MY CITY WAS GONE;
I WENT BACK TO OHIO
BUT MY CITY WAS GONE
THERE WAS NO TRAIN STATION
THERE WAS NO DOWNTOWN
SOUTH HOWARD HAD DISAPPEARED
ALL MY FAVORITE PLACES
MY CITY HAD BEEN PULLED DOWN
REDUCED TO PARKING SPACES
A, O, WAY TO GO OHIO
The other one - and this one has been spinning in the Gulliver for MONTHS is Fiona Apple's EXTRAORDINARY MACHINE;
I certainly haven't been shopping for any new shoes
And I certainly haven't been spreading myself around
I still only travel by foot and by foot it's a slow climb
But I'm good at being uncomfortable so I can't stop changing all the time
I noticed that my opponent is always on the go
And won't go slow so as not to focus and I notice
He'll hitch a ride with any guide as long as they go fast from whence he came
But he's no good at being uncomfortable so he can't stop staying exactly the same
If there was a better way to go then it would find me
I can't help it the road just rolls out behind me
Be kind to me or treat me mean
I'll make the most of it I'm an extraordinary machine
Particularly the last two lines which I picture Harlan carrying around like a banner in life's parade.
So, if you have a rock & roll lyric in your head that you associate with Harlan, as a distraction from the heat I'll be facing out of doors the next two days, I'd love to see them.
[caveat - both of those lyrics were pulled from arist's sites or record company sites. Neither is complete. The Ohio is one third of the lyric and the Apple is about half. I think we;re in "fair use" territory. If not my sincere apologies and just quote the artist and title and I'll figure it out.]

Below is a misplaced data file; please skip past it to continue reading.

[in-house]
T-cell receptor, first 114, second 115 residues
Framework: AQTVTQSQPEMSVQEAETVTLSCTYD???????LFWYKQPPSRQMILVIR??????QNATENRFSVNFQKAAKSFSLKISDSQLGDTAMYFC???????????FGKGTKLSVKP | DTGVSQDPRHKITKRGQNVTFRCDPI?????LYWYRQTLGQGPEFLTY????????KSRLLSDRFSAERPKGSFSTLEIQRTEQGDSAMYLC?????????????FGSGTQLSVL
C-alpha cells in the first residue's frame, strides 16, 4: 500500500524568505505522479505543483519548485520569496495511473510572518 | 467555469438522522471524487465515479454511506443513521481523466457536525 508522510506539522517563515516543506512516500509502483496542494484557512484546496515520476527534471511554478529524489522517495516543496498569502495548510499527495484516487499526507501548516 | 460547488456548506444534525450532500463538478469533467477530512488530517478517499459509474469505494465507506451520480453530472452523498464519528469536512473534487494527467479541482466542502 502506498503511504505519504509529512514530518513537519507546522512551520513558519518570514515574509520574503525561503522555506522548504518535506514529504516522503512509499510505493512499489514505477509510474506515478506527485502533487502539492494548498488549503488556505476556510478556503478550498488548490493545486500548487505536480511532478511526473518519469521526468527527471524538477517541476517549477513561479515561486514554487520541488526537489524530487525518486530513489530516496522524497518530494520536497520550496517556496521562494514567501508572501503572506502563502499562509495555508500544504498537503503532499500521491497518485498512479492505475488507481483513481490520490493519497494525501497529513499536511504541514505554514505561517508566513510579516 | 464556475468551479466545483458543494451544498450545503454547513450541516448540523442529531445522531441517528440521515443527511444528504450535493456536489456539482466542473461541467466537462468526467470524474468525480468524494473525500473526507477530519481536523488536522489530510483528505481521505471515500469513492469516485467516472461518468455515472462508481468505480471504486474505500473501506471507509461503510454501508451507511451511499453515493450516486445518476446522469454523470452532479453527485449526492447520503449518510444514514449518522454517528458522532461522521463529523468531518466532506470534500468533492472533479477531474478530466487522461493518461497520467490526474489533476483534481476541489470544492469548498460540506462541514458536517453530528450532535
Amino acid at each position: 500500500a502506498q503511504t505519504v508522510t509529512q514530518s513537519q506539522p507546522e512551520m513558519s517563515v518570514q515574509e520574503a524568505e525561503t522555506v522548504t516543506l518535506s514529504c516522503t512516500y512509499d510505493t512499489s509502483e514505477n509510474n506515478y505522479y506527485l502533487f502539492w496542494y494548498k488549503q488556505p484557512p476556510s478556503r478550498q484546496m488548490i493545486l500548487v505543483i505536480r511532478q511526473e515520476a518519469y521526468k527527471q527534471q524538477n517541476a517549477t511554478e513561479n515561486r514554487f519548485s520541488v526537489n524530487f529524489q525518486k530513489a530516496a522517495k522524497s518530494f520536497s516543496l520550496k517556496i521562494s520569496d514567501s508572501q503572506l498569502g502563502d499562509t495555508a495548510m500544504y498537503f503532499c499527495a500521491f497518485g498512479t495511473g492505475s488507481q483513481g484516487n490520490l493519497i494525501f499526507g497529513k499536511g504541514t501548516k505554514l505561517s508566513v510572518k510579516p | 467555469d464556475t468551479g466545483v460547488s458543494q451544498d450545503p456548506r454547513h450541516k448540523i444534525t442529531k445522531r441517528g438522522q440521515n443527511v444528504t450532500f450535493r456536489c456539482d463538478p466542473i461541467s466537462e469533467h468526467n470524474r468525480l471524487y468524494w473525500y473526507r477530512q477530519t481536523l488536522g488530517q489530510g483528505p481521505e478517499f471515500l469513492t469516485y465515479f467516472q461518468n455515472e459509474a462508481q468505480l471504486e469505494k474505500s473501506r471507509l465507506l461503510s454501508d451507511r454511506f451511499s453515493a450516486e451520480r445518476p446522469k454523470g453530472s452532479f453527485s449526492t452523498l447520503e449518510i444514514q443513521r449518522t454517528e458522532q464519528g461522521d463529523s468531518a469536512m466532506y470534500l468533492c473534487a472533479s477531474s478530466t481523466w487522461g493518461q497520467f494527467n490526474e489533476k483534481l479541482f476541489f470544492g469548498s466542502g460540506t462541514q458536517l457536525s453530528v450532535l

Posted: Tue Aug 01, 2006 5:15 am
Name: Brian Siano
Eric Martin writes:
"Turns out the arresting officer was Jewish, which might explain Mel's non sequitorial rave-up. Maybe he's got some "gaydar" for Jewish people that is especially attuned when he's had too much Mezcal."
Gosh, that changes _everything_. It was the _cop's_ fault for _looking Jewish!_ Wasn't he aware that his mere _presence_, coupled with his powerful Semitic features, turns good, decent family men like Mel into raving Jew-haters? How dare he stop a guy who's speeding at 80 miles per hour, find that he's obviously severely inebriated, and _expose_ him to his Jewishness? Why, Eric's right! It's the _cop's_ fault for making Mel Gibson into an anti-Semite!
Next month from Eric's pen: "George Lincoln Rockwell: Statesman or Martyr?"
Posted: Tue Aug 01, 2006 5:28 am